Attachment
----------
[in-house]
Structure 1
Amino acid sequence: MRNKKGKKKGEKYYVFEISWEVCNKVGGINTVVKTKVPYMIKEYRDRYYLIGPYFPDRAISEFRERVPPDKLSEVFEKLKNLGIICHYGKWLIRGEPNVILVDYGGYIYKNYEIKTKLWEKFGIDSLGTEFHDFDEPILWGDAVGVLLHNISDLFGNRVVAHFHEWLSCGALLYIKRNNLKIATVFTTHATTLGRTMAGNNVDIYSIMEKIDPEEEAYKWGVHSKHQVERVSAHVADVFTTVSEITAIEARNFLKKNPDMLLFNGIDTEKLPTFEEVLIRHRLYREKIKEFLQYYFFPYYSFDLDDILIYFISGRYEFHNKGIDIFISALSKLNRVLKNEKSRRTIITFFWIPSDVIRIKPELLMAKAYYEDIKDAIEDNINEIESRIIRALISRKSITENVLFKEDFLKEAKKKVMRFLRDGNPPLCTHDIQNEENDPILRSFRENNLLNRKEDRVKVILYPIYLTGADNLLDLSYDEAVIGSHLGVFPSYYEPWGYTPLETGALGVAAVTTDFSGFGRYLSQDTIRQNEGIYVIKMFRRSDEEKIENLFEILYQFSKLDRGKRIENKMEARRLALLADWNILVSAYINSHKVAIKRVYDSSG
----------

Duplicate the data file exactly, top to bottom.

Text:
[in-house]
Structure 1
Amino acid sequence: MRNKKGKKKGEKYYVFEISWEVCNKVGGINTVVKTKVPYMIKEYRDRYYLIGPYFPDRAISEFRERVPPDKLSEVFEKLKNLGIICHYGKWLIRGEPNVILVDYGGYIYKNYEIKTKLWEKFGIDSLGTEFHDFDEPILWGDAVGVLLHNISDLFGNRVVAHFHEWLSCGALLYIKRNNLKIATVFTTHATTLGRTMAGNNVDIYSIMEKIDPEEEAYKWGVHSKHQVERVSAHVADVFTTVSEITAIEARNFLKKNPDMLLFNGIDTEKLPTFEEVLIRHRLYREKIKEFLQYYFFPYYSFDLDDILIYFISGRYEFHNKGIDIFISALSKLNRVLKNEKSRRTIITFFWIPSDVIRIKPELLMAKAYYEDIKDAIEDNINEIESRIIRALISRKSITENVLFKEDFLKEAKKKVMRFLRDGNPPLCTHDIQNEENDPILRSFRENNLLNRKEDRVKVILYPIYLTGADNLLDLSYDEAVIGSHLGVFPSYYEPWGYTPLETGALGVAAVTTDFSGFGRYLSQDTIRQNEGIYVIKMFRRSDEEKIENLFEILYQFSKLDRGKRIENKMEARRLALLADWNILVSAYINSHKVAIKRVYDSSG